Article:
Burnworth went to Miramar Fire Academy and worked for Imperial County Fire Department as a reserve firefighter, and then worked for several ambulance companies in San Diego and Long Beach. From there, he came back to the Valley to work in the family landscaping business.
“But his dream was to be a firefighter,” Silva said. “He went for his EMT license, which usually takes three months, and he did it within three weeks. And that is how much his determination was to be a firefighter with us (Holtville).”
Silva goes on to tell how Burnworth was hired in Holtville as a reserve firefighter. He moved his way up the ranks and eventually got picked up as a full-time firefighter, Silva said.
“After being with us,” Silva added, “he pursued a job with IID dive team. Personally, I know it was the best for his family, but I really hated losing him. He was a good friend and my right hand.”
Jonny B was known for his ability to be calm during a stressful situation. “We could have things blowing up around us and he would remain so calm,” Silva said.
Programs Funded for Holtville Fire
The Jonny B Guardian Angels Program gives to underprivileged local school kids, Silva said.
“In the past, the schools would pick the kids, and the Fire Department (would) set aside $200 for each kid which covered $100 worth of shoes and clothes and a $100 gift certificate from Wal-Mart during Christmas break,” Silva said. “This program was funded in part by the Burnworth donations in addition to other donations from the town.”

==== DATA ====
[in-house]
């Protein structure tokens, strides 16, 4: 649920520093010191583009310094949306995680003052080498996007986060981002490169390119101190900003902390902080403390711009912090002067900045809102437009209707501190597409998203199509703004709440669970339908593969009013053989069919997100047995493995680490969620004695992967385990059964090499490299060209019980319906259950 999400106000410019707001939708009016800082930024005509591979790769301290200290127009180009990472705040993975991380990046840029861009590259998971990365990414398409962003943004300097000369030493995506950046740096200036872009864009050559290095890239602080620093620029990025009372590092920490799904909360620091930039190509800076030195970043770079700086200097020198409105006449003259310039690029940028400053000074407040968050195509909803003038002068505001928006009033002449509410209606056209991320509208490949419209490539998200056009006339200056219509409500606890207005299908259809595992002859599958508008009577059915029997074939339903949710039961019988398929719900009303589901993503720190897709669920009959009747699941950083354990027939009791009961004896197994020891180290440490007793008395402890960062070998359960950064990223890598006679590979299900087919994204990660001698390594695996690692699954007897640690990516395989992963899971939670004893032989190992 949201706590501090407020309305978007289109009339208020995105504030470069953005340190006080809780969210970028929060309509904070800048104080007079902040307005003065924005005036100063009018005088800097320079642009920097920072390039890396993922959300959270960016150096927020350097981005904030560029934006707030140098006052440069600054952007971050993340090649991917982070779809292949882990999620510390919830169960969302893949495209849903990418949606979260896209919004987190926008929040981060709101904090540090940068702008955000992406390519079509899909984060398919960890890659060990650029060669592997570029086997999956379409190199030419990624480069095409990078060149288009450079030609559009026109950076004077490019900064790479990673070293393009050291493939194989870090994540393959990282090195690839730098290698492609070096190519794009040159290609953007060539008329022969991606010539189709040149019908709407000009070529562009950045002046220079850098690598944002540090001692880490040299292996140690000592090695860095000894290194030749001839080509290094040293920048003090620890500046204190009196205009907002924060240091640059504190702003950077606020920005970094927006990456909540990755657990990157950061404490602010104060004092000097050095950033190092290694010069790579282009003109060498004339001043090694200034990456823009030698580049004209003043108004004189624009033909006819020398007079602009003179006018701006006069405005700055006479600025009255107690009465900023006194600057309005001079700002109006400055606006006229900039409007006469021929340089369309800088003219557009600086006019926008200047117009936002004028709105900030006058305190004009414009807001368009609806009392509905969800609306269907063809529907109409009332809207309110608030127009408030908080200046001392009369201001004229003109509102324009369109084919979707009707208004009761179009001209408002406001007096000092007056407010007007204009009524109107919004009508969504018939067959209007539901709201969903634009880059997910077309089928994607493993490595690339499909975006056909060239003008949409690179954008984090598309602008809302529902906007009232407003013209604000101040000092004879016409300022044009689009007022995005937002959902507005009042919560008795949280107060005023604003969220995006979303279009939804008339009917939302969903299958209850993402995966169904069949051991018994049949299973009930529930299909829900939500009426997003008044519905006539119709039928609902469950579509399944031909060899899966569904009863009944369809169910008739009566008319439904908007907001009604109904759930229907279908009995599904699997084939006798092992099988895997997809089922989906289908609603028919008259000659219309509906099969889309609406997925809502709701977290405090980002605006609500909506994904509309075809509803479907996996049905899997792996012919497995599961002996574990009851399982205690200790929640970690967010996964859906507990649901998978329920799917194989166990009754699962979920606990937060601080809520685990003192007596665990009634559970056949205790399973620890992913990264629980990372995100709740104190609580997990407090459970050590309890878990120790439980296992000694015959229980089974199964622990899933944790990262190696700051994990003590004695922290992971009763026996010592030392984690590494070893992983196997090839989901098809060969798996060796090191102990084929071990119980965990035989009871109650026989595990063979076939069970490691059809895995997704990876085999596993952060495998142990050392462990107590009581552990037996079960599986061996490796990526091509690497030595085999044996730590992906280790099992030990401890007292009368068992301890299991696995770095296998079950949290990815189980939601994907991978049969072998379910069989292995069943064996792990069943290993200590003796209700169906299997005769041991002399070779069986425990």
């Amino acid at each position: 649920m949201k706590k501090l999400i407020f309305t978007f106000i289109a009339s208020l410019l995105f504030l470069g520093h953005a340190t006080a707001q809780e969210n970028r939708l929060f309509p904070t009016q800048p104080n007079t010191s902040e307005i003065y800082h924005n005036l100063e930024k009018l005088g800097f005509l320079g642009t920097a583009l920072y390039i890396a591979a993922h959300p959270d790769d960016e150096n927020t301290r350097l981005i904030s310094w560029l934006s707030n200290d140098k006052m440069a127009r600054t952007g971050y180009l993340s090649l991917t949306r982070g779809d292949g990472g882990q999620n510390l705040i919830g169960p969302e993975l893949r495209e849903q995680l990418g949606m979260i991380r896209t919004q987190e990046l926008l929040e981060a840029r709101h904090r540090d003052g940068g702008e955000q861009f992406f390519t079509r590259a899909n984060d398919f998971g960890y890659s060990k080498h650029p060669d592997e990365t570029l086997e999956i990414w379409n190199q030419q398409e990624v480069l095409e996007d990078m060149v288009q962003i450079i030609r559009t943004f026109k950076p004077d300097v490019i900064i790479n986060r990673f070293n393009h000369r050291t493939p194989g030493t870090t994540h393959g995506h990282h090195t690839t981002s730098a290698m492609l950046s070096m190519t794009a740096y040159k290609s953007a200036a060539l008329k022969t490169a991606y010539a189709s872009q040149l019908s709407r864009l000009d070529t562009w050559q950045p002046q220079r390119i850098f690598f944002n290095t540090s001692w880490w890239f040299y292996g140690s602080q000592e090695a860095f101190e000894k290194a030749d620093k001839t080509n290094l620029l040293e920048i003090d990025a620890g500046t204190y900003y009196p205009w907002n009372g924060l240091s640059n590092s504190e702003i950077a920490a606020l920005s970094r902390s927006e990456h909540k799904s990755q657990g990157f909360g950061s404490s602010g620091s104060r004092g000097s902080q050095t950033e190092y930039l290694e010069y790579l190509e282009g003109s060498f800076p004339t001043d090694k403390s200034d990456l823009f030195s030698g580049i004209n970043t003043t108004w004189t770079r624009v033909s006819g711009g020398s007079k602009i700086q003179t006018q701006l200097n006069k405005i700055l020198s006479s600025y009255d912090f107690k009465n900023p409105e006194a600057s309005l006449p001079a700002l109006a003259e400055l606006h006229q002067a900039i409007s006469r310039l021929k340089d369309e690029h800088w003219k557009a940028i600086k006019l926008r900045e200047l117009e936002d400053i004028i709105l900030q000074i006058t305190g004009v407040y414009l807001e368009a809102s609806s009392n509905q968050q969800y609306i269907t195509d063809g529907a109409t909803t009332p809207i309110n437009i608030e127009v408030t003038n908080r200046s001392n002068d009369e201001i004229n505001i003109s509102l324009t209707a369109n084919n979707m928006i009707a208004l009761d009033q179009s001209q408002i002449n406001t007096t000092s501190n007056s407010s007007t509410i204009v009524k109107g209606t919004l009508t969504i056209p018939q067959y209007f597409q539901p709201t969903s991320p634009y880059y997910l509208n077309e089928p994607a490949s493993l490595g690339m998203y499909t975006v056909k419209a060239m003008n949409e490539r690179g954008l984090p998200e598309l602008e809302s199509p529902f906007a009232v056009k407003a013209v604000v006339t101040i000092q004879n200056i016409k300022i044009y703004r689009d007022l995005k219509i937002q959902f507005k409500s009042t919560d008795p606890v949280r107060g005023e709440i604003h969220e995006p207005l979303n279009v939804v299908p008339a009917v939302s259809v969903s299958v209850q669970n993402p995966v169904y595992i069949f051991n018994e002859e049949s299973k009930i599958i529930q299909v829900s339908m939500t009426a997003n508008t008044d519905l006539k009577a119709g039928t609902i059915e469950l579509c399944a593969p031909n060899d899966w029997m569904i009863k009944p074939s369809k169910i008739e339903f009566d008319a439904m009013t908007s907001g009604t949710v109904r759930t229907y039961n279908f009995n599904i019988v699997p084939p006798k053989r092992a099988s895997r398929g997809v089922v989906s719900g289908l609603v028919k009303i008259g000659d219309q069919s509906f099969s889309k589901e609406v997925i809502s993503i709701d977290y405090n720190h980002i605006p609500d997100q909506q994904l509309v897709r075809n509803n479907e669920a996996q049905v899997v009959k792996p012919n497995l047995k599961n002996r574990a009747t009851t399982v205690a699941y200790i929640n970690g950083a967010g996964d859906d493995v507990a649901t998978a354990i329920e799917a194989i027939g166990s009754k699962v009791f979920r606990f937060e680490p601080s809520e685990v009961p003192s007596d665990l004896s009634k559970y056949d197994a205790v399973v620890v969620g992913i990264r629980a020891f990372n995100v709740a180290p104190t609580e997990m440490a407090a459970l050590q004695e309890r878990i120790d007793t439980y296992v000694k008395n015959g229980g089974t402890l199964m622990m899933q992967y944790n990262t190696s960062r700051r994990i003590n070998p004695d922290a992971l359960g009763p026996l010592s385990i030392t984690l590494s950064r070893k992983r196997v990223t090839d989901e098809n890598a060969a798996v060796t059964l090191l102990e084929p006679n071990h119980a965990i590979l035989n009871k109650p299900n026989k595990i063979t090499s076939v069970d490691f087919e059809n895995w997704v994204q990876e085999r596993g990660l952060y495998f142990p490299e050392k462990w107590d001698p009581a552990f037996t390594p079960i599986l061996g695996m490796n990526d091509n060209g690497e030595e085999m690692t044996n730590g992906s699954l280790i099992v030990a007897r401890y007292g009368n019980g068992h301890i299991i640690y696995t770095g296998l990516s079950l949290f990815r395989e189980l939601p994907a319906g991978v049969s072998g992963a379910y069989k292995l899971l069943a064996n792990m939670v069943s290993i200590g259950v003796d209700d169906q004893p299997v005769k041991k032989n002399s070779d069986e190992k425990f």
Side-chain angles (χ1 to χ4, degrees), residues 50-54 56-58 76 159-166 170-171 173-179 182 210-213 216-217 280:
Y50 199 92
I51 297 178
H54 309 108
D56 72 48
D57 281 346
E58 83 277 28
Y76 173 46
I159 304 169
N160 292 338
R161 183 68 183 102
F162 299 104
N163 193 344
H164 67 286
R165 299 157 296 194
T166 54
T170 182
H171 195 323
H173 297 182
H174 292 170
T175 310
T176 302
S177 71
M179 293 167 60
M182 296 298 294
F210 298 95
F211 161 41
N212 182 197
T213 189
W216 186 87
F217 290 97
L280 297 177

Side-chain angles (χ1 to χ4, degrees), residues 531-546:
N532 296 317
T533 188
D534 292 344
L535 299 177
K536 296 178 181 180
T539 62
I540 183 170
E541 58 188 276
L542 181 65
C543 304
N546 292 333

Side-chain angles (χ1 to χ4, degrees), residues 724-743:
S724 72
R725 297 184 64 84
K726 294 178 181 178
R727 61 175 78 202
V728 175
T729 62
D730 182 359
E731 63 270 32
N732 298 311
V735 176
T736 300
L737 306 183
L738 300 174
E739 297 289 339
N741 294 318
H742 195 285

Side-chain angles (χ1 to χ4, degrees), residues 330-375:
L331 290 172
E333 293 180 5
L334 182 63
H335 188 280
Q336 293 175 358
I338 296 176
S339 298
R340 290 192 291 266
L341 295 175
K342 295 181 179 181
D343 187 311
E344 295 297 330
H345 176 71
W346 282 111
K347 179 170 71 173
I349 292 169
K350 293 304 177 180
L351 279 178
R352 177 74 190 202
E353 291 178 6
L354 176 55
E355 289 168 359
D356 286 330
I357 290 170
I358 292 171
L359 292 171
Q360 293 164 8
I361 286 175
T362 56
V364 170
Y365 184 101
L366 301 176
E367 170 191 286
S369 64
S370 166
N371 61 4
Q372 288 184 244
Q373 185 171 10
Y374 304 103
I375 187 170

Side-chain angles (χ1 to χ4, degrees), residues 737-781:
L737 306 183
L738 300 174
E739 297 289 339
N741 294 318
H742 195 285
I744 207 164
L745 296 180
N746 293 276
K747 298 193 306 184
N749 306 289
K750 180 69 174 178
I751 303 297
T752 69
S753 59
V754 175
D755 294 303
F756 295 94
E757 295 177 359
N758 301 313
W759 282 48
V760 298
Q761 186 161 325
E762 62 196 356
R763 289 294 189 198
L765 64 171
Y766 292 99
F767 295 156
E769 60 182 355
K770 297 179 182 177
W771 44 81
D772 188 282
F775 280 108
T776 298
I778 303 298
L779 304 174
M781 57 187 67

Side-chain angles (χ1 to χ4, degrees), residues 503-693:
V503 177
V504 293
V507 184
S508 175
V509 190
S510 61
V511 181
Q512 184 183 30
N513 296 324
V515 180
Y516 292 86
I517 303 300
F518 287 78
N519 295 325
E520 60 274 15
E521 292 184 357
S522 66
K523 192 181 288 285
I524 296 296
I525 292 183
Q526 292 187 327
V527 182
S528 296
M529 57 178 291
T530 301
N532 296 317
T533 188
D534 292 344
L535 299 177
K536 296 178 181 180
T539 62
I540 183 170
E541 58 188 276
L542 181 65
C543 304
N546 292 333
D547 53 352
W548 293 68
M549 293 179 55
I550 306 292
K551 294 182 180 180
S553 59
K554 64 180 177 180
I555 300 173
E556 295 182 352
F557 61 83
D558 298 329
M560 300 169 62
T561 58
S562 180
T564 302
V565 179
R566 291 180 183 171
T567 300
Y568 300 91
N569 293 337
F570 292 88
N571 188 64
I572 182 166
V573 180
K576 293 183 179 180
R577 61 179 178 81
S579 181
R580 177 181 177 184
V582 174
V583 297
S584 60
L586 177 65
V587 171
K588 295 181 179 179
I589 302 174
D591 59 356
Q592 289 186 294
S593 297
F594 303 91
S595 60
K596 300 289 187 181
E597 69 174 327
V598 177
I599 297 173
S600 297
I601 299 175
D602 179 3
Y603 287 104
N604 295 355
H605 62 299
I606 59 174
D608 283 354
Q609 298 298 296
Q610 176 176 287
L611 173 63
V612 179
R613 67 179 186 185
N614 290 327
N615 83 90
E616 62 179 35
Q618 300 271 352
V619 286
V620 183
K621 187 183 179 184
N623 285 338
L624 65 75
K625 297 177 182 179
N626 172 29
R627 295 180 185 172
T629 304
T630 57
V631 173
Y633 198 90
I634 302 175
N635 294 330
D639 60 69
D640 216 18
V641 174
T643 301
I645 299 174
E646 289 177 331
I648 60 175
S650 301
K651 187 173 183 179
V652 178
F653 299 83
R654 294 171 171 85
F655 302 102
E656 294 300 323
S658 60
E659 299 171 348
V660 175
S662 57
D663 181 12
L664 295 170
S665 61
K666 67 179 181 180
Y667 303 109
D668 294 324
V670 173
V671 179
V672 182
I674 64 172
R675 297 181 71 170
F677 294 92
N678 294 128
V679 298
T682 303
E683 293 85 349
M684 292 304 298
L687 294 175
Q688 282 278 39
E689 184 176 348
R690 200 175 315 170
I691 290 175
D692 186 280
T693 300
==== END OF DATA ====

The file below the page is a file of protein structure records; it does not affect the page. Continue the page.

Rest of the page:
Referring to the Jonny B Guardian Angels Program, Silva indicated that everything is uncertain this year due to COVID. The Fire Department is considering a community gathering in December or March 2021, where law enforcement such as the county Sheriff’s Office, U.S. Border Patrol, and the Fire Department would be available to speak with the kids along with conduct various giveaways.
“Next year, we will continue (the fundraiser) with another picnic-barbecue setup,” Erick Burnworth said.
Another program that benefited from the fundraiser was the Explorer program. “This is for kids from 14-18 that want to learn how to be a firefighter. We were able to pay for insurance for kids because they do fire science that could potentially be hazardous,” Silva said.
Lastly, the “Jonny B the EMT” Memorial Scholarship of $500 was awarded to Edward Rubin last year.
“At first, (Rubin) wanted to be a game warden, but since decided to be a reserve firefighter at Holtville fire. He is currently in the fire academy,” Silva proudly said.
The goal of the scholarship, as indicated on the application, is to provide encouragement or guidance to students similar to Jonny Burnworth. Preference is given to a student who is already interested in pursuing a career in emergency medical services, firefighting, nursing, or law enforcement.
Erick Burnworth relayed that Jonny would be thankful and thrilled that this (fundraiser) is happening, and that they are donating in his name.
Added widow Katie: “Outside, there’s something bigger than you. It’s about staying humble and appreciating what you have. Some people pray for things that you have.”
This story is featured in the Oct 22, 2020 e-Edition.